I forget what my role was with Brent. It’s simple: my role for all people at all times is to be concerned, but I am not to be responsible for anyone. I cannot make people change.
Righteousness is not something that can be forced on anyone. It is a personal choice between an individual and God. This has been my story regarding how I have changed through the years. No one could make me change, except for God.
- They could water.
- They could plant.
- But they could not give the growth.
- Change is God’s job.
What then is Apollos? What is Paul? Servants through whom you believed, as the Lord assigned to each. I planted, Apollos watered, but God gave the growth. – 1 Corinthians 3:5-6 (ESV)
When the water boy sins
I am forever grateful for the people who have loved me enough to speak into my life. I love all water boys and seed throwers for Jesus. But I do not hold anyone responsible for my personal change.
Sometimes I can forget this very basic truth about the Gospel. Sometimes I can cross the line from being God’s water boy and seed thrower to trying to make a person grow–to change or what the Bible calls repentance.
When I forget my role, it is as though I believe I am responsible for their change. There is a world of difference between being concerned for someone and being responsible for someone. If I cross that line it won’t be long before I’m sinning against them.
You may ask, “How do I know when I have crossed the line from being concerned for those I help versus feeling responsible for them changing?” That is the million dollar question and it’s easy to answer.
When I begin to over-care for a person there are certain things that begin to happen in my heart. Initially they are not discernible to the human eye, but if I don’t take these heart sins to God, they will soon manifest in behavioral sins that are clearly discernible.
What I try to do is keep an eye on my heart by sensing when I am caring too much. If these sins (below) begin to rear up then I know I have crossed the line from being appropriately concerned for someone to caring too much for someone.
The following is a non-exhaustive list of heart attitudes and behaviors that I commit when I’ve crossed the line. If any of these things happen to you, then may I suggest that you are caring too much–that you have forgotten your role in the change process:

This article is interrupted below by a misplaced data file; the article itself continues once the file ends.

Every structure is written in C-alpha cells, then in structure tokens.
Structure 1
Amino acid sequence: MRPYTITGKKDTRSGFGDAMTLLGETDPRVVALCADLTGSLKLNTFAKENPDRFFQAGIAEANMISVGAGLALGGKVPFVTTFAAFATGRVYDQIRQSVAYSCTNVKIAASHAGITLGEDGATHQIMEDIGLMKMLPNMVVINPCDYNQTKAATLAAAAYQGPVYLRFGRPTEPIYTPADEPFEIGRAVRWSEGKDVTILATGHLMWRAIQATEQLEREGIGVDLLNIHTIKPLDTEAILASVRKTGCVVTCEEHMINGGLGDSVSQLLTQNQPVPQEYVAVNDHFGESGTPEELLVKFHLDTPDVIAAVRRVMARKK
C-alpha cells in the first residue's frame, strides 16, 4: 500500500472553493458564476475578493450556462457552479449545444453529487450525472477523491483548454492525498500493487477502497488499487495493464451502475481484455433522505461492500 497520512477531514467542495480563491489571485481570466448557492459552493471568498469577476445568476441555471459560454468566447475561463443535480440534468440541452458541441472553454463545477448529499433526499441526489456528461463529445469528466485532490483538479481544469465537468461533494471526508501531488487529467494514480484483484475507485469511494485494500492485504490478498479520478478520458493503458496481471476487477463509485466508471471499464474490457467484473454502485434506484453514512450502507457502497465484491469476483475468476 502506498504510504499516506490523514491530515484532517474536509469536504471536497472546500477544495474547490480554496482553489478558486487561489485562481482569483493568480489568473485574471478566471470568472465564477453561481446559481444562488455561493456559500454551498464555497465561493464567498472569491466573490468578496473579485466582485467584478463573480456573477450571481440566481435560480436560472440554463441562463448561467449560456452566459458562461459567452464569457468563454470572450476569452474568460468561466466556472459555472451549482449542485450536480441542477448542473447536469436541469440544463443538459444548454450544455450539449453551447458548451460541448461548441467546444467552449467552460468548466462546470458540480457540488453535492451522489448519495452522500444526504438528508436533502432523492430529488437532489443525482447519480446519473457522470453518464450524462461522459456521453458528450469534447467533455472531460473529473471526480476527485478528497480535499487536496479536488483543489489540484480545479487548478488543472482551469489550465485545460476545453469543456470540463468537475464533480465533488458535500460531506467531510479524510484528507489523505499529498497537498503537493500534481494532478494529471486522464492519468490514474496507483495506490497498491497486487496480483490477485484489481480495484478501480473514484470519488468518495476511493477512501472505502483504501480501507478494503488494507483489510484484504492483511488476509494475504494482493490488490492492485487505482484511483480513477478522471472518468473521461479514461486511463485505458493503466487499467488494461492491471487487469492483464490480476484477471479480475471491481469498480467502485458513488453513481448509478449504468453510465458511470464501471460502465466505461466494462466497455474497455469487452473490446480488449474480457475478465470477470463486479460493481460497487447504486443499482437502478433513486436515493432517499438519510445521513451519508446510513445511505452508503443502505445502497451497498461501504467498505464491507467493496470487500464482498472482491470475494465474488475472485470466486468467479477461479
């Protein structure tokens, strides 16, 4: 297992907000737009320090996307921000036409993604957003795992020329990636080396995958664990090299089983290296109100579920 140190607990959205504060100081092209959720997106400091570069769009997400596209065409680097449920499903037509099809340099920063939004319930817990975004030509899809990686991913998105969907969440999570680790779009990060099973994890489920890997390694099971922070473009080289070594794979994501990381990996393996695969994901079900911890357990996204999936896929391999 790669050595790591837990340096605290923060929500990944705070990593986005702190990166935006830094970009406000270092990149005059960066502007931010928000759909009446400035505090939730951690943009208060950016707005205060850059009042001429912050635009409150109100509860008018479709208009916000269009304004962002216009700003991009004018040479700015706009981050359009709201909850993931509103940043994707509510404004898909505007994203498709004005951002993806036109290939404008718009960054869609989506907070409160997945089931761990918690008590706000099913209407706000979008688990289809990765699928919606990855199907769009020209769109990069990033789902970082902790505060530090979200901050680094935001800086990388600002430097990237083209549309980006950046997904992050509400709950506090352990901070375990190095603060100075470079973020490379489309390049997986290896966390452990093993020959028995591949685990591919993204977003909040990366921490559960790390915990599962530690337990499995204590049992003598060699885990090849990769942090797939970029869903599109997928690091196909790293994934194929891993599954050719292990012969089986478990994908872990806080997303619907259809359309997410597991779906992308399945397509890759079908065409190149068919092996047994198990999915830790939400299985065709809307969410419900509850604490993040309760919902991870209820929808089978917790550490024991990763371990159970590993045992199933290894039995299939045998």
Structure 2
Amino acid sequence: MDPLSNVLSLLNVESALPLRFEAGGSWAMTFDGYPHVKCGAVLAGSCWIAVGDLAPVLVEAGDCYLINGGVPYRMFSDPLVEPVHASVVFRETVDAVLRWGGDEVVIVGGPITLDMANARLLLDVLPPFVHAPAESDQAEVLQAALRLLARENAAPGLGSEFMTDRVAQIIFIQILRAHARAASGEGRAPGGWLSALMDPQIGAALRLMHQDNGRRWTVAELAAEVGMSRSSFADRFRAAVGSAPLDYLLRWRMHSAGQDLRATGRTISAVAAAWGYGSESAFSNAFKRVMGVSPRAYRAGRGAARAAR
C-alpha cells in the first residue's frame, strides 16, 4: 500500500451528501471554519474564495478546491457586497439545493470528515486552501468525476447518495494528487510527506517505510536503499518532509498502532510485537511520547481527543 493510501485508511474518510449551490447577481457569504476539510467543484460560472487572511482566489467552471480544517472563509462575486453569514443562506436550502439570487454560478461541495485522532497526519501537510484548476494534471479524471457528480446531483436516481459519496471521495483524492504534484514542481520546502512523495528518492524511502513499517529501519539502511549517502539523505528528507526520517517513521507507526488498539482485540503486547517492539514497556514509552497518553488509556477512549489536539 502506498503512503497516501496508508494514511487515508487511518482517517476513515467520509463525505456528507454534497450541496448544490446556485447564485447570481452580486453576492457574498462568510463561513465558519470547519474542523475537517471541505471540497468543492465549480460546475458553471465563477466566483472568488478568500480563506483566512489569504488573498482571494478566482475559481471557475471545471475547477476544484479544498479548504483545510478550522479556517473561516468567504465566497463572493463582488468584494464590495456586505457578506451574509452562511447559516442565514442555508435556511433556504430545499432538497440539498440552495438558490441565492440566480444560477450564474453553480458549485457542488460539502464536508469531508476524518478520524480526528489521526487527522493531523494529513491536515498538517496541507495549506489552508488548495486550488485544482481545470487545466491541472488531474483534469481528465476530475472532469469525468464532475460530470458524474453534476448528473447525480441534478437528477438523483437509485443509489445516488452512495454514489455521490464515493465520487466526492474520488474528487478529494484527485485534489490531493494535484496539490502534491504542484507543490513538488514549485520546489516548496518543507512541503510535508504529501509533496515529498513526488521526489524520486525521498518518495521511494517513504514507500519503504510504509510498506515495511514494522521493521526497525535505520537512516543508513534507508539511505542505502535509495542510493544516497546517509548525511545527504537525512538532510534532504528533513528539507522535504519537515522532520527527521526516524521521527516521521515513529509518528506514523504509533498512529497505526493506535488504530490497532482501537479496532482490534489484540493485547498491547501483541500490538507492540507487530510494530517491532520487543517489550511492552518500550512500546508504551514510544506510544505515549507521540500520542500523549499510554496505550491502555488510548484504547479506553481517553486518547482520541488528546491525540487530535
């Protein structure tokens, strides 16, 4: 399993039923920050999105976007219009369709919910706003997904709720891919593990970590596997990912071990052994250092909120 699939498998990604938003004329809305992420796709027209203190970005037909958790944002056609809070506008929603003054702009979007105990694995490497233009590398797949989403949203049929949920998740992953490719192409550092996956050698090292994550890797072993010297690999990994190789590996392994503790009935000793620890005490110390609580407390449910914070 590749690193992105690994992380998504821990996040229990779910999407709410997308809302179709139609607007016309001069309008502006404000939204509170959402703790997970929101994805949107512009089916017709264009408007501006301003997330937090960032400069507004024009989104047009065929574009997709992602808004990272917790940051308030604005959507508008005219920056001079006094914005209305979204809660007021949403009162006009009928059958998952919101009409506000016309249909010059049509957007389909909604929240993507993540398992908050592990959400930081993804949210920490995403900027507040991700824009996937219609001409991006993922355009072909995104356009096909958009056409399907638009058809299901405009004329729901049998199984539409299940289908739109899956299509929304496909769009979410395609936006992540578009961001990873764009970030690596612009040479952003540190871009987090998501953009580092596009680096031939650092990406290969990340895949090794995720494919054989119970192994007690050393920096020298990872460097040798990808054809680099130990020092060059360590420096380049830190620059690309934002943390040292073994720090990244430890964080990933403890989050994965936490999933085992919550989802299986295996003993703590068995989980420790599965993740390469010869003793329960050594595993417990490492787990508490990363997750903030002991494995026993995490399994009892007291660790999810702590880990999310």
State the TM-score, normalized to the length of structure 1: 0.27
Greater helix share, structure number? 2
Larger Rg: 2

- I’m tempted to become angry when a person does not change.
- I’m tempted to become critical when I think about him.
- I’m tempted to gossip about him to others.
- I’m tempted to be cynical and lose faith in God that he will ever change.
- I’m tempted to become impatient when I am with him.
- I’m tempted to exhibit more sadness than joy when I think about him.
- I’m tempted to uncharitably judge him because he won’t change.
- I’m tempted to worry or become anxious as though his lack of change is because of me.
When I sense these sinful temptations in my soul, then I know that my trust is slipping from the Savior of the universe to my own abilities, agendas, and preferences for this particular individual (think Brent here).
I am mini-Messiah, hear me roar
In short, I have become a Mini-Messiah. In those moments I have become a functional atheist–a man who believes the change process rests more on him and his opinion of how things should be than whatever God may be thinking or doing in a person’s life.
This is hardcore pride that must be repented from. In the case of me, I have to reposition myself within the framework of God’s purposes for that individual’s life.
If I do repent of my pride and realize that my main purpose is to water and to plant the seed while trusting God to bring the growth, then my human ability to serve my friend does not impede what God is doing in his life.
However, when I begin to feel more responsible than God wants me to feel, then I typically sin against the person–according to the list above. My sin then becomes a distraction in the helping process. My faith for change and the timing for change must be fully in God’s will, especially when I’m helping a seemingly unchangeable person.
For me, the tipping point is usually a person I have spent more time with rather than a person I will meet only briefly. That is why it was easier for me to not become emotionally attached to the beggar. He was a temporary encounter. That is also the reason I crossed the line with Brent. He was a long-term investment.
Typically people will sin against a person they have spent a long time praying for, pulling for, and generally helping and hoping that they will change. That is normal. The more time you put into somebody’s life, the more you expect them to change.
A lot of mothers are this way with their children. They are tempted to cross the line from being concerned and helping to taking it personal and getting in the way or becoming a distraction regarding what God might be doing in their child’s life.
It is one of the toughest lessons for a parent to learn. Can we discern and obey our roles in the change process, especially with our children? One of the triggers that will let you know if you have crossed the line is when you begin to sin. If you’re sinning, you’re not helping.
If you are becoming more anxious, worried, fearful, fretful, impatient, frustrated, or some other sin, then you’re out of line and in the way. You must repent and trust God. This is one of the most remarkable things about the Savior. He was cool in all contexts. He shared His Word and went on His way.
He was not uncaring and He would not force His righteousness on anyone.